AVON PARK — A Thursday evening search ended in tragedy when Highlands County Sheriff Paul Blackman found the body of 5-year-old Chance Peterkin in Lake Leila at 12:20 a.m. Friday. Peterkin’s mother, Philletta Breanna Moransit, 29, was arrested on charges of felony child neglect and resisting an officer without violence.
The Highlands County Sheriff’s Office was notified at 5:59 p.m. Thursday the mother and son were missing. According to an arrest report, Moransit’s father had seen the two at approximately noon. He stated he left the pair for roughly 10 minutes and when he returned the two had taken off with no shoes on. He tried to locate the two in his pickup truck, but was unable to find them.
Other family members joined the search for the two during the afternoon and they came in contact with people in their neighborhood who had seen them, including several who offered Peterkin and Moransit a ride, which was declined, and the mother and son continued on foot.
Shortly before 8 p.m. Moransit was discovered unclothed in the Tri-County Human Services parking lot, which is across the street from the South Florida State College Criminal Justice Academy on College Drive. Moransit gave her name to deputies, but did not offer information on where her son was.
“She just wasn’t cooperative with us,” said Highlands County Sheriff Public Information Officer Scott Dressel.
Based on where Moransit left from and where she was found, HCSO deputies began to search the area around Lake Leila, known as Gator Lake by locals, and came across foot impressions left by an adult and a small child. Near the same lake, Moransit’s shirt was found.
An all-out search, which also involved Florida Fish and Wildlife Conservation Commission and Polk County Sheriff’s Office, took place, before Sheriff Blackman found the body.
“That’s never easy for anybody no matter how long you’ve been doing this,” Dressel said. “It was a rough night for everybody who was out there. You could see the shoulders sag and the faces drop when the sheriff got on the radio and said he had found him. Everybody was visibly deflated by that news. We were hoping for a much better outcome and we didn’t get it.”
The arrest report stated the area where the boy was found “contained extremely heavy shoreline vegetation with a water depth which was found to be impassable to a 5-year-old. There was also evidence of an adult creating a a visible trail through the vegetation to where the body was located.”
The report stated rigor mortis was already present, indicating Peterkin had been deceased for an extended period of time before the body was located.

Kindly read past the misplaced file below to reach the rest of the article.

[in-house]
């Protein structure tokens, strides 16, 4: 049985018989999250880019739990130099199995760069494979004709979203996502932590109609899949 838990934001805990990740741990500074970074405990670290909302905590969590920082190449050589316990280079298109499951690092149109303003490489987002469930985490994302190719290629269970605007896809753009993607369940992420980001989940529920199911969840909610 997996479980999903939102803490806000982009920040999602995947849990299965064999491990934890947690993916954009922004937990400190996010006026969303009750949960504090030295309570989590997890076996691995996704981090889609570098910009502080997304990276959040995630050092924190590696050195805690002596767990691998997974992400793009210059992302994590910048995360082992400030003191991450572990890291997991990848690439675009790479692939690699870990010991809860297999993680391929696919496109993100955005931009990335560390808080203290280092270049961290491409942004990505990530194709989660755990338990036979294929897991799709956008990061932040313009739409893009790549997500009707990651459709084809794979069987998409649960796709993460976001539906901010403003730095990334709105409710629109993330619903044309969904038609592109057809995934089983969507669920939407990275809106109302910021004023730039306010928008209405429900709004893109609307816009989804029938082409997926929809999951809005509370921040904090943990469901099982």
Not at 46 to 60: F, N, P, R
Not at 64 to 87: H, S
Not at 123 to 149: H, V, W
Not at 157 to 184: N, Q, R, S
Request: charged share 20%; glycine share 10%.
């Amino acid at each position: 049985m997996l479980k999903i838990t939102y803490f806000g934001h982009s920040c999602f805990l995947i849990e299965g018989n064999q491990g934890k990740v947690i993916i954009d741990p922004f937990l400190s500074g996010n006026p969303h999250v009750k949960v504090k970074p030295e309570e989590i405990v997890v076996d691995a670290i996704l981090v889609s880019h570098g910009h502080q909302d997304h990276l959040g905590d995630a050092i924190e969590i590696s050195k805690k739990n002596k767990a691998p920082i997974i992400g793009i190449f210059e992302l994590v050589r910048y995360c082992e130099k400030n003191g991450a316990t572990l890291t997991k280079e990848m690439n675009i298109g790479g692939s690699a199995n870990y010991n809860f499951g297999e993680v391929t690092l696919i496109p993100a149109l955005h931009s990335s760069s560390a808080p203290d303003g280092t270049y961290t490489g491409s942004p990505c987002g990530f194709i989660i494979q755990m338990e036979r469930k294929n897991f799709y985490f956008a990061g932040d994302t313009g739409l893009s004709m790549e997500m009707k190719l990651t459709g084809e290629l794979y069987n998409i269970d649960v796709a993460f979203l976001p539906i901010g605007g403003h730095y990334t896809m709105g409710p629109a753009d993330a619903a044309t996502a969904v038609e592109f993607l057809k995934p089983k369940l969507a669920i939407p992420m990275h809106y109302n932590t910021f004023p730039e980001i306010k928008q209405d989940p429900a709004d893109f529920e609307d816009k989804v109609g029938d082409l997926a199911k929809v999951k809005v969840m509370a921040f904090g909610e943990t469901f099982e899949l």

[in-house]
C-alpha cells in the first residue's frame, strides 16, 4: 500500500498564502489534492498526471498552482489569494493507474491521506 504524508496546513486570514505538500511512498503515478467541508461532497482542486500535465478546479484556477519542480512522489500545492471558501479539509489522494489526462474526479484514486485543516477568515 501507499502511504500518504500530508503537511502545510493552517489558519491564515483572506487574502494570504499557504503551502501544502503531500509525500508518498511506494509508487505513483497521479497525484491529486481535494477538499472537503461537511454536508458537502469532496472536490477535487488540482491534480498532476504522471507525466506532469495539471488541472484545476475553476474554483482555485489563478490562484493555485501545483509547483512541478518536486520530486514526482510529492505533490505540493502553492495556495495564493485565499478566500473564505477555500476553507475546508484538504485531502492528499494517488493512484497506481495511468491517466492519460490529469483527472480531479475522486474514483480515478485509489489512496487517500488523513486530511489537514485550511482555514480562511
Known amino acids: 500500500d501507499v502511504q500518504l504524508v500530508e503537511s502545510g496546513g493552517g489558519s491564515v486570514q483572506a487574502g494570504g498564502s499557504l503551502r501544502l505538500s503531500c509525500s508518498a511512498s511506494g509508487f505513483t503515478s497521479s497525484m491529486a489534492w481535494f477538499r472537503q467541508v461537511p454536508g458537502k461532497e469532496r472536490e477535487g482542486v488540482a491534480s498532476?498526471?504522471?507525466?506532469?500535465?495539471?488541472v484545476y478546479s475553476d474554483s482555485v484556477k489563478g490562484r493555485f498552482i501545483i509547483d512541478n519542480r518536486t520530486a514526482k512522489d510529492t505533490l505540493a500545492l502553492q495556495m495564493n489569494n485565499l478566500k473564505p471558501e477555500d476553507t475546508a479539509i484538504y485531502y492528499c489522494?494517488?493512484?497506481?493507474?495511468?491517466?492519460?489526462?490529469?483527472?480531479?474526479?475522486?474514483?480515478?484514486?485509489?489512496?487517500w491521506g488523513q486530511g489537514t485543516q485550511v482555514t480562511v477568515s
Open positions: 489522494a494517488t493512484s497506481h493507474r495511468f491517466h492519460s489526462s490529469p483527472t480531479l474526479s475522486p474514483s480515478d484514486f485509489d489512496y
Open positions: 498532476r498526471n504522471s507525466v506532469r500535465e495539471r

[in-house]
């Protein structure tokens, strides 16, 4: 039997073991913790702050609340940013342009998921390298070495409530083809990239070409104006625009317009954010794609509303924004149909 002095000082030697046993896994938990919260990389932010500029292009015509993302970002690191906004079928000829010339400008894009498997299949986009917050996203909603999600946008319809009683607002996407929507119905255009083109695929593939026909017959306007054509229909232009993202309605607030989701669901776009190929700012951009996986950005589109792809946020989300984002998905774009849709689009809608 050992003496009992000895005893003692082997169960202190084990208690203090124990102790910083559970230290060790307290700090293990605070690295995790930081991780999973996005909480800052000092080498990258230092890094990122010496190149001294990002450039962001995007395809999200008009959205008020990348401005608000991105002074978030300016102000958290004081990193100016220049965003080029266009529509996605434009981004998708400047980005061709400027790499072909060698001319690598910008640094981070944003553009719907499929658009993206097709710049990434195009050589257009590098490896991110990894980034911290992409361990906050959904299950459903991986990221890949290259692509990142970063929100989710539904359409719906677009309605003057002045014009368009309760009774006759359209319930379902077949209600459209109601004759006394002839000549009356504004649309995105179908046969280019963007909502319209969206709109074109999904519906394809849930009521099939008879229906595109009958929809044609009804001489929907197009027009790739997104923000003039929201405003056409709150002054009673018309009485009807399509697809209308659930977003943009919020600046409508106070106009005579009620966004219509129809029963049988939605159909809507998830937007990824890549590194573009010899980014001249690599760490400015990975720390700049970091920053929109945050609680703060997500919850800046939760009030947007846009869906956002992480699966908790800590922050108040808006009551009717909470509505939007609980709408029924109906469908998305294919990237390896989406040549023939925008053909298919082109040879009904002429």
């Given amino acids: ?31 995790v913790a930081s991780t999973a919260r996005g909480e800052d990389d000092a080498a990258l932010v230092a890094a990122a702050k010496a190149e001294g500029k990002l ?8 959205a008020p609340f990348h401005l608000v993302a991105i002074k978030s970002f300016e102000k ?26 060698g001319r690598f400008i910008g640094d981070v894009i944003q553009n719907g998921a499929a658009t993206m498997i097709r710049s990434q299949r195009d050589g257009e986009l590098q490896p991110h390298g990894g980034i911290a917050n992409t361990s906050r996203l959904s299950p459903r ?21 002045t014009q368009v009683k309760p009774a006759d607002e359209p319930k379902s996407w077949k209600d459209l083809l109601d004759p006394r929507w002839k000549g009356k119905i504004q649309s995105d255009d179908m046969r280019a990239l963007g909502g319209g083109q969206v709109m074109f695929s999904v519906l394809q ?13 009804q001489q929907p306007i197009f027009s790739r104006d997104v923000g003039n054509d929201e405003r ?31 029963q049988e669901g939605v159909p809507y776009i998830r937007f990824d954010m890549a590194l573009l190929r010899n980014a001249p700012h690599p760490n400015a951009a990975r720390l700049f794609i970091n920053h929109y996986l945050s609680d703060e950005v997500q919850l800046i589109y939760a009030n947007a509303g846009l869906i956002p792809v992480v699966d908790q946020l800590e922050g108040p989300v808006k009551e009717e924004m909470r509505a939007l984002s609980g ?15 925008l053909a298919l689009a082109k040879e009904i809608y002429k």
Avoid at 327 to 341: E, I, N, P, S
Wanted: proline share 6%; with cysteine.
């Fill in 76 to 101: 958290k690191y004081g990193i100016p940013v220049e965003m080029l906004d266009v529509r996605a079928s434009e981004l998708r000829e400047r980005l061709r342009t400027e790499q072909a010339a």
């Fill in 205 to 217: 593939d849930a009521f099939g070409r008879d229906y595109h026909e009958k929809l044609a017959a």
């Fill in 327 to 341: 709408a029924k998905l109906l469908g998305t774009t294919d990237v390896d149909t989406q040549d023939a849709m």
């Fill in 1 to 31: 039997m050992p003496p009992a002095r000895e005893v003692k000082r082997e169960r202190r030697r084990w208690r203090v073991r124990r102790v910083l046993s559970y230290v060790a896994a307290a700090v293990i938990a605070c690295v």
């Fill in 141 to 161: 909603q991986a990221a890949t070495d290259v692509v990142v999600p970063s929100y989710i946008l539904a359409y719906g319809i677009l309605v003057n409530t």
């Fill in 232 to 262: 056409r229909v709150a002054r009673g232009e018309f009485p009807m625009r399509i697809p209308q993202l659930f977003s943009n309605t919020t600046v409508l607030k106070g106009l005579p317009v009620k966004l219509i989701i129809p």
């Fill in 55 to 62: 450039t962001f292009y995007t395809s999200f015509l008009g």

Right now the Sheriff’s Office is trying to piece together everything that happened, which hasn’t been an easy task.
According to the report, family members said there is no history of drug or alcohol abuse or mental illness with Moransit.
“Even though we had all of this happen, we’re still in the early stages of this investigation,” Dressel said. “We’re going to have to wait on the autopsy results and other stuff before we can put together some of these bits and pieces. Depending upon where the investigation takes us, the charges could be upgraded. We still have some work to do to fill in the rest of the gaps.”
SEBRING — Of course there was the processional song, “Pomp and Circumstances,” at the start of the Sebring High School graduation ceremony on Thursday evening, and though the circumstances were different there was plenty of pomp for the SHS Class of 2020.
The families in the Alan Jay Arena kept a bit of distance from each other in the bleachers as the graduates made their entrance with space between them to sit on folding chairs with separation on the arena floor.
“It feels so good to finally get back together,” Sebring High Principal Kim Ervin said. When she met with the seniors at the start of the school year on Aug. 13 she told them to work hard and finish the year strong.
“Never in a million years did I think we would not meet,” in May for graduation, she said.
Ervin noted that many seniors provided help to the community during the pandemic.
“I know how important each of you are to your families, but also to your community,” she said.
“We are proud you reached this milestone in your education,” Erwin said. “We expect great things from you. Give back and help others and make the world a better place.”
The Class of 2020 History was presented by Lizbeth Martinez Gonzalez, who recognized the successes and individual achievement and hard work of the Class of 2020. There were successes academically, in sports and in extra-curricular activities, she said.
“With all the odds against us we are graduating,” Gonzalez said. “Class of 2020 — do great things.
“Go Blue Streaks!”
The SHS Bailey Awards went to Chase Alexander Doty and Hannah Martie Bauer.